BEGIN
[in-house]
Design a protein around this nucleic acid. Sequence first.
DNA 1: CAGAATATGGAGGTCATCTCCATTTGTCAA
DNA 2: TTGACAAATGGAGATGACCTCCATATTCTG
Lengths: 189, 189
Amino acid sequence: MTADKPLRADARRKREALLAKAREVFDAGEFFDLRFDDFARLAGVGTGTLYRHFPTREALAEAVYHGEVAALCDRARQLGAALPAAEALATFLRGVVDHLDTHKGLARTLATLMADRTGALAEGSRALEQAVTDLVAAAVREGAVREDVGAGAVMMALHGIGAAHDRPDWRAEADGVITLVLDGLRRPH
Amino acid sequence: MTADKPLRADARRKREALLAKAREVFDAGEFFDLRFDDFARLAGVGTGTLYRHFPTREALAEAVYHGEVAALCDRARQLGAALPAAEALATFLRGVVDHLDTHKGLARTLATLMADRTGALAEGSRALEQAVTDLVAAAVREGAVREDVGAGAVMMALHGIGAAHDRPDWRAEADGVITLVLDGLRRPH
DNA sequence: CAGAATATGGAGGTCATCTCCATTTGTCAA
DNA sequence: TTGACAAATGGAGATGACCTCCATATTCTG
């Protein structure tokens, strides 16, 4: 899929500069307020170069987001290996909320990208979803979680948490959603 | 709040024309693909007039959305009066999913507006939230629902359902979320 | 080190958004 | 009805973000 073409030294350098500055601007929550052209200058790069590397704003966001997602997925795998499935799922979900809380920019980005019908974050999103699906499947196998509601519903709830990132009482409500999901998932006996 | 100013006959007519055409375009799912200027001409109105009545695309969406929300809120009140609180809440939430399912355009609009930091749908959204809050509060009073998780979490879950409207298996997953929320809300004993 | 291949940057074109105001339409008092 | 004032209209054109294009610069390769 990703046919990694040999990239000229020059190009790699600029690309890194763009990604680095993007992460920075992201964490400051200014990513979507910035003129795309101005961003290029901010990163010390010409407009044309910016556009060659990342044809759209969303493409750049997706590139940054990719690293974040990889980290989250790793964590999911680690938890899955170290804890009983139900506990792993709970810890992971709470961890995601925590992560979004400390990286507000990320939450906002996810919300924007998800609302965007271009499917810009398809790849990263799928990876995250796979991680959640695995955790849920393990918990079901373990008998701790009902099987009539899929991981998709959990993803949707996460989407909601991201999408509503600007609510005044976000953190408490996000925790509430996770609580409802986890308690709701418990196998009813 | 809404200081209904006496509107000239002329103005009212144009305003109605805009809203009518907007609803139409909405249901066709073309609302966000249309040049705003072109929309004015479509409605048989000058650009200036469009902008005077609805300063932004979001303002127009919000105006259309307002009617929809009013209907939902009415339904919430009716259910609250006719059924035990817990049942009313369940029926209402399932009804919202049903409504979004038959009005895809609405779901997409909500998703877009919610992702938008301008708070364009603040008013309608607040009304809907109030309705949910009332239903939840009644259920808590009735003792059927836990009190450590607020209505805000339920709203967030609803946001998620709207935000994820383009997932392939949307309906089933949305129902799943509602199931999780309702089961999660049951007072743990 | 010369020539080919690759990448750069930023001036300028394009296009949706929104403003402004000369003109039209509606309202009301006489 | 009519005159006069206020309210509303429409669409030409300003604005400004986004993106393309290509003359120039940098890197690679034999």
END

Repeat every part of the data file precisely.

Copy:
[in-house]
Design a protein around this nucleic acid. Sequence first.
DNA 1: CAGAATATGGAGGTCATCTCCATTTGTCAA
DNA 2: TTGACAAATGGAGATGACCTCCATATTCTG
Lengths: 189, 189
Amino acid sequence: MTADKPLRADARRKREALLAKAREVFDAGEFFDLRFDDFARLAGVGTGTLYRHFPTREALAEAVYHGEVAALCDRARQLGAALPAAEALATFLRGVVDHLDTHKGLARTLATLMADRTGALAEGSRALEQAVTDLVAAAVREGAVREDVGAGAVMMALHGIGAAHDRPDWRAEADGVITLVLDGLRRPH
Amino acid sequence: MTADKPLRADARRKREALLAKAREVFDAGEFFDLRFDDFARLAGVGTGTLYRHFPTREALAEAVYHGEVAALCDRARQLGAALPAAEALATFLRGVVDHLDTHKGLARTLATLMADRTGALAEGSRALEQAVTDLVAAAVREGAVREDVGAGAVMMALHGIGAAHDRPDWRAEADGVITLVLDGLRRPH
DNA sequence: CAGAATATGGAGGTCATCTCCATTTGTCAA
DNA sequence: TTGACAAATGGAGATGACCTCCATATTCTG
């Protein structure tokens, strides 16, 4: 899929500069307020170069987001290996909320990208979803979680948490959603 | 709040024309693909007039959305009066999913507006939230629902359902979320 | 080190958004 | 009805973000 073409030294350098500055601007929550052209200058790069590397704003966001997602997925795998499935799922979900809380920019980005019908974050999103699906499947196998509601519903709830990132009482409500999901998932006996 | 100013006959007519055409375009799912200027001409109105009545695309969406929300809120009140609180809440939430399912355009609009930091749908959204809050509060009073998780979490879950409207298996997953929320809300004993 | 291949940057074109105001339409008092 | 004032209209054109294009610069390769 990703046919990694040999990239000229020059190009790699600029690309890194763009990604680095993007992460920075992201964490400051200014990513979507910035003129795309101005961003290029901010990163010390010409407009044309910016556009060659990342044809759209969303493409750049997706590139940054990719690293974040990889980290989250790793964590999911680690938890899955170290804890009983139900506990792993709970810890992971709470961890995601925590992560979004400390990286507000990320939450906002996810919300924007998800609302965007271009499917810009398809790849990263799928990876995250796979991680959640695995955790849920393990918990079901373990008998701790009902099987009539899929991981998709959990993803949707996460989407909601991201999408509503600007609510005044976000953190408490996000925790509430996770609580409802986890308690709701418990196998009813 | 809404200081209904006496509107000239002329103005009212144009305003109605805009809203009518907007609803139409909405249901066709073309609302966000249309040049705003072109929309004015479509409605048989000058650009200036469009902008005077609805300063932004979001303002127009919000105006259309307002009617929809009013209907939902009415339904919430009716259910609250006719059924035990817990049942009313369940029926209402399932009804919202049903409504979004038959009005895809609405779901997409909500998703877009919610992702938008301008708070364009603040008013309608607040009304809907109030309705949910009332239903939840009644259920808590009735003792059927836990009190450590607020209505805000339920709203967030609803946001998620709207935000994820383009997932392939949307309906089933949305129902799943509602199931999780309702089961999660049951007072743990 | 010369020539080919690759990448750069930023001036300028394009296009949706929104403003402004000369003109039209509606309202009301006489 | 009519005159006069206020309210509303429409669409030409300003604005400004986004993106393309290509003359120039940098890197690679034999």